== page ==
UF running back committee vs. UT run defense: With the Gators starting a backup quarterback who is as likely to throw an interception as a touchdown, one can expect them to lean on the run Saturday. They look to have the backs to do it.
In the past two games, Florida has employed a committee approach of four running backs: Jordan Scarlett (33 carries, 175 yards, 2 TD), Mark Thompson (32 carries, 166 yards, 2 TD), Lamical Perine (29 carries, 161 yards, TD) and Jordan Cronkrite (below, 17 carries, 80 yards, TD). Expect the four backs to split the workload in the first three quarters, while the team may go with the hot hand in the fourth quarter if the game is close.
The numbers are impressive, but the question is will they be able to break and bounce off Tennessee tacklers the way they have against other teams? UT DC Bob Shoop declared this summer that no one would run on the Volunteers.
So far Tennessee is No. 9 among SEC teams in rushing defense, allowing 152.7 yards per game and 3.8 yards per carry to the likes of Appalachian State, Virginia Tech and Ohio.
This game looks like the ideal time to feed the rock to the four running backs.
UF wide receivers vs. UT defensive backs: This matchup isn’t the same with injuries to UF WR Antonio Callaway (questionable) and UT CB Cam Sutton (out), but we can still look at some position group and individual stats.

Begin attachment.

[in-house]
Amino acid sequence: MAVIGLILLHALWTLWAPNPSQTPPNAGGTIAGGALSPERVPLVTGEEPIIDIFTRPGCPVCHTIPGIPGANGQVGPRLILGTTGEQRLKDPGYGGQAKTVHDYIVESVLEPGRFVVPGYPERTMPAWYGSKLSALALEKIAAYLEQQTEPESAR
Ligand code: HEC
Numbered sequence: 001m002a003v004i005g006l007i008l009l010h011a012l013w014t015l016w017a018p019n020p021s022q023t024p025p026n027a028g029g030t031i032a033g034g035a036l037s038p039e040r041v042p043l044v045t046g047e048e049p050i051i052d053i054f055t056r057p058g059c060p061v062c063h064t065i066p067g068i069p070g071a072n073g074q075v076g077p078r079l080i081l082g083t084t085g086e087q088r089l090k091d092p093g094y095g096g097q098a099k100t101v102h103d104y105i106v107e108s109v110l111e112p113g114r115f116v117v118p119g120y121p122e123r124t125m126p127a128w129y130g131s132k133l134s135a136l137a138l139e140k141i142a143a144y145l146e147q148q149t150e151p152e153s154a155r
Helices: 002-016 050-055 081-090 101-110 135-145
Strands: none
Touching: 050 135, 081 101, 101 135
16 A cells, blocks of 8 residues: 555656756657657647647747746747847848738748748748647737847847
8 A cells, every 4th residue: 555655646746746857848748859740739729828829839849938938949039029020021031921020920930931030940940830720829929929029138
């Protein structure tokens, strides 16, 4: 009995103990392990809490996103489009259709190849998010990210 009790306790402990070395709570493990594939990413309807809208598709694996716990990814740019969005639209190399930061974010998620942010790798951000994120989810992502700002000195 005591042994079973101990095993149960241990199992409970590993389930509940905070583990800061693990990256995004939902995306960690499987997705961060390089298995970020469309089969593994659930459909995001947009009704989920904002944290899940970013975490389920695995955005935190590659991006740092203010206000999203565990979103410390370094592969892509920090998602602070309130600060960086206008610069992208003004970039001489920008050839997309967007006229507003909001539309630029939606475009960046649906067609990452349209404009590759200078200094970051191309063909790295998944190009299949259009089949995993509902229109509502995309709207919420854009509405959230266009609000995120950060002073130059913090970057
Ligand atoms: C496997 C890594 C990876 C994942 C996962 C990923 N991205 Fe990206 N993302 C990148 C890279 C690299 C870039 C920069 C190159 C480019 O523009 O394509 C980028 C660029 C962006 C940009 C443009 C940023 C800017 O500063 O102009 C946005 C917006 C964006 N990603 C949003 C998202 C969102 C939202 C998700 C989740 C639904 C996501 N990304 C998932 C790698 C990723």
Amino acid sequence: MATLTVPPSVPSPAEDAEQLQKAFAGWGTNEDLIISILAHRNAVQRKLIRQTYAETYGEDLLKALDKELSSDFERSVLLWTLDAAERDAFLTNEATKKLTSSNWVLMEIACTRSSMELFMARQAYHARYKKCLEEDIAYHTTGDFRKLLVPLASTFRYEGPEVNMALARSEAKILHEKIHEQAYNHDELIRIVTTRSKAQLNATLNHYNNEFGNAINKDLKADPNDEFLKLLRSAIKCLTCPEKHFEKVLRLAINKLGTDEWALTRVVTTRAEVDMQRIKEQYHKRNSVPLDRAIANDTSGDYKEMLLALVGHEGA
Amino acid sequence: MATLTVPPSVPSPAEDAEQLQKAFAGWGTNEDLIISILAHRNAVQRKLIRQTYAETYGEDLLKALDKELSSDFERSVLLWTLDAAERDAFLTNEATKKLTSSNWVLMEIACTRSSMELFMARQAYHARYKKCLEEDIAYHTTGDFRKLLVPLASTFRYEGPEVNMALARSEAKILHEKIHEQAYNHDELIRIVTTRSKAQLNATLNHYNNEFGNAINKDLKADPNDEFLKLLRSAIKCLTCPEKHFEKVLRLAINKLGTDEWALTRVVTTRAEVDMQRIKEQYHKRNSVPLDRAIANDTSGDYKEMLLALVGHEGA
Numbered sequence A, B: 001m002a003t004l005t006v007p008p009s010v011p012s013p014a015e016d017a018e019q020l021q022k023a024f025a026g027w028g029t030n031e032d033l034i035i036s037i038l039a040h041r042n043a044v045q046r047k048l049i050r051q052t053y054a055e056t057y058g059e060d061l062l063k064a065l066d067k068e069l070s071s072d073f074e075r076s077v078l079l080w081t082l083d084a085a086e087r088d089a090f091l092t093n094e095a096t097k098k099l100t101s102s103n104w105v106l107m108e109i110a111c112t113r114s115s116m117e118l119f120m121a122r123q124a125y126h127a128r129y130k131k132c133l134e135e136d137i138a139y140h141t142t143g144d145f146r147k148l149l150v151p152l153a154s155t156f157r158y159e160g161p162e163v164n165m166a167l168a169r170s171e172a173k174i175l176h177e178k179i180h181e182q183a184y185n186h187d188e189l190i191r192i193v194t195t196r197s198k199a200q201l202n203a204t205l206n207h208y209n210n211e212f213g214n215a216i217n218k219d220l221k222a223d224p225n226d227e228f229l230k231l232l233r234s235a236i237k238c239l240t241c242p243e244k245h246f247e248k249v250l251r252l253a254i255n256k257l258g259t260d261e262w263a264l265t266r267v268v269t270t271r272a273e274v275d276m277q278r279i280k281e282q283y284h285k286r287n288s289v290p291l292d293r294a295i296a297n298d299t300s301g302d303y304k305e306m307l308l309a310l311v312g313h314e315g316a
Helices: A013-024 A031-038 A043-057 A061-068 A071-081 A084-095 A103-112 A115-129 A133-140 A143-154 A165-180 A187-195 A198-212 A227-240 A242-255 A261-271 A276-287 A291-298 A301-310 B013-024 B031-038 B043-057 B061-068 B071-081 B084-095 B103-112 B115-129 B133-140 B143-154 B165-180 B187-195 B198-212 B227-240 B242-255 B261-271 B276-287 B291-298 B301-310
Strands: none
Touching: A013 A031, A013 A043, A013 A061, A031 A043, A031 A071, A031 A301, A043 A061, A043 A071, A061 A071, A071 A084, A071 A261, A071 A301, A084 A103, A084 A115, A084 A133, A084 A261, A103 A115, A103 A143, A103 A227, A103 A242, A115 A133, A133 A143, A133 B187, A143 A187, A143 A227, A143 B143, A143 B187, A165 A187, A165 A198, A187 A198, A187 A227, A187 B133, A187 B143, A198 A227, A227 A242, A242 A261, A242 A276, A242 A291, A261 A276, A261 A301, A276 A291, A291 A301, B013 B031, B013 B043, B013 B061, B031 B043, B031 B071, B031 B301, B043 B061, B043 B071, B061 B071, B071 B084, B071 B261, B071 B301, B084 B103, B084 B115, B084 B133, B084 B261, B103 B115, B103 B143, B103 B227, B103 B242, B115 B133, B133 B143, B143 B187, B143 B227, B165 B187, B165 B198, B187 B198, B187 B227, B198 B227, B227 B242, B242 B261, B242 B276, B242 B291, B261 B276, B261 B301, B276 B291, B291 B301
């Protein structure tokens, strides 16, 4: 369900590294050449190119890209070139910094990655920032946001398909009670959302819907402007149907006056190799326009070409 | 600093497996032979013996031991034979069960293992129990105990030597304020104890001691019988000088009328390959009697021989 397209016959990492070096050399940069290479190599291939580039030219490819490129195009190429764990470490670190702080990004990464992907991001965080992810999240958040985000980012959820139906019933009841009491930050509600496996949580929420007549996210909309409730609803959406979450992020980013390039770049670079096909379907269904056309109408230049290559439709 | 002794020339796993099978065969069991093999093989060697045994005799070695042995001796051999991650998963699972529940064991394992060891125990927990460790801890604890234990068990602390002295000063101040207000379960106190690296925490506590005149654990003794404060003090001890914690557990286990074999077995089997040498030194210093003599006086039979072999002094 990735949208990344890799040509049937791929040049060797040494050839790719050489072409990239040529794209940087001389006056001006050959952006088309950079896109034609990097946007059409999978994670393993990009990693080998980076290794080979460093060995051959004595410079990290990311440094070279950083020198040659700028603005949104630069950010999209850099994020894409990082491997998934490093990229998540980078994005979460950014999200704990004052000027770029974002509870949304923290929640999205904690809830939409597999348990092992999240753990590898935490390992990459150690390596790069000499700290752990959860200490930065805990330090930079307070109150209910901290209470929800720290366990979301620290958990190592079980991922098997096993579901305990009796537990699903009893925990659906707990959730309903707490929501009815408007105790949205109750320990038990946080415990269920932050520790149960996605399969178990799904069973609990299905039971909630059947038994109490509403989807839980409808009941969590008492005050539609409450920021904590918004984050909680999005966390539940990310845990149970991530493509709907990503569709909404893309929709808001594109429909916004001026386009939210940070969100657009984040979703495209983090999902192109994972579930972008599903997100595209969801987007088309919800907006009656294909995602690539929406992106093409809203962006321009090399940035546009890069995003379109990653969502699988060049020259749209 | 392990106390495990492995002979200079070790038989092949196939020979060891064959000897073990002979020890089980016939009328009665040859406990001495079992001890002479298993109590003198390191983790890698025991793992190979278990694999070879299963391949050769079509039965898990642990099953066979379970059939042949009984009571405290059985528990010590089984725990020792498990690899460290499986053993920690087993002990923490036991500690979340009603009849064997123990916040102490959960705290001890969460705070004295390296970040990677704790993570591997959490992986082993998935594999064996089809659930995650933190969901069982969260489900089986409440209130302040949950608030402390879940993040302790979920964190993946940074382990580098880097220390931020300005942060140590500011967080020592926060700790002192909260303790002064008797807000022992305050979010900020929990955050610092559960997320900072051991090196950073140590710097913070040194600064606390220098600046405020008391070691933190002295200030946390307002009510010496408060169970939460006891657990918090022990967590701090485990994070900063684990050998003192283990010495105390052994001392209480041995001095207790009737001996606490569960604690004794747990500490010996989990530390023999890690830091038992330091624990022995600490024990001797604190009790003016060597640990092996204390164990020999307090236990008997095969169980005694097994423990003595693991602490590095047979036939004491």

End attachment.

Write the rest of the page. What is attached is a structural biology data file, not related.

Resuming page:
Tennessee’s secondary doesn’t have much to brag about right now. The unit is in the bottom half of the conference in interceptions (No. 11), passes broken up (No. 9) and passes defended (No. 12).
Granted, some of that is due to opponent’s play-calling. If the other team wants to run, it’s impossible to defend the pass.
But Florida receivers not named Callaway don’t have a lot to brag about, either. Even though he’s only played two games, Callaway is the team’s leading receiver with 13 catches for 201 yards and two touchdowns.
(And, of course, he extended the winning streak last year, converting an easy fourth-down reception into a 63-yard game-winner.)
That makes Callaway’s average receiving yards per game 100.5. After Callaway, it’s quite a dropoff, as Brandon Powell averages 45.3 yards per game (14 catches, 136 yards, 2 TD).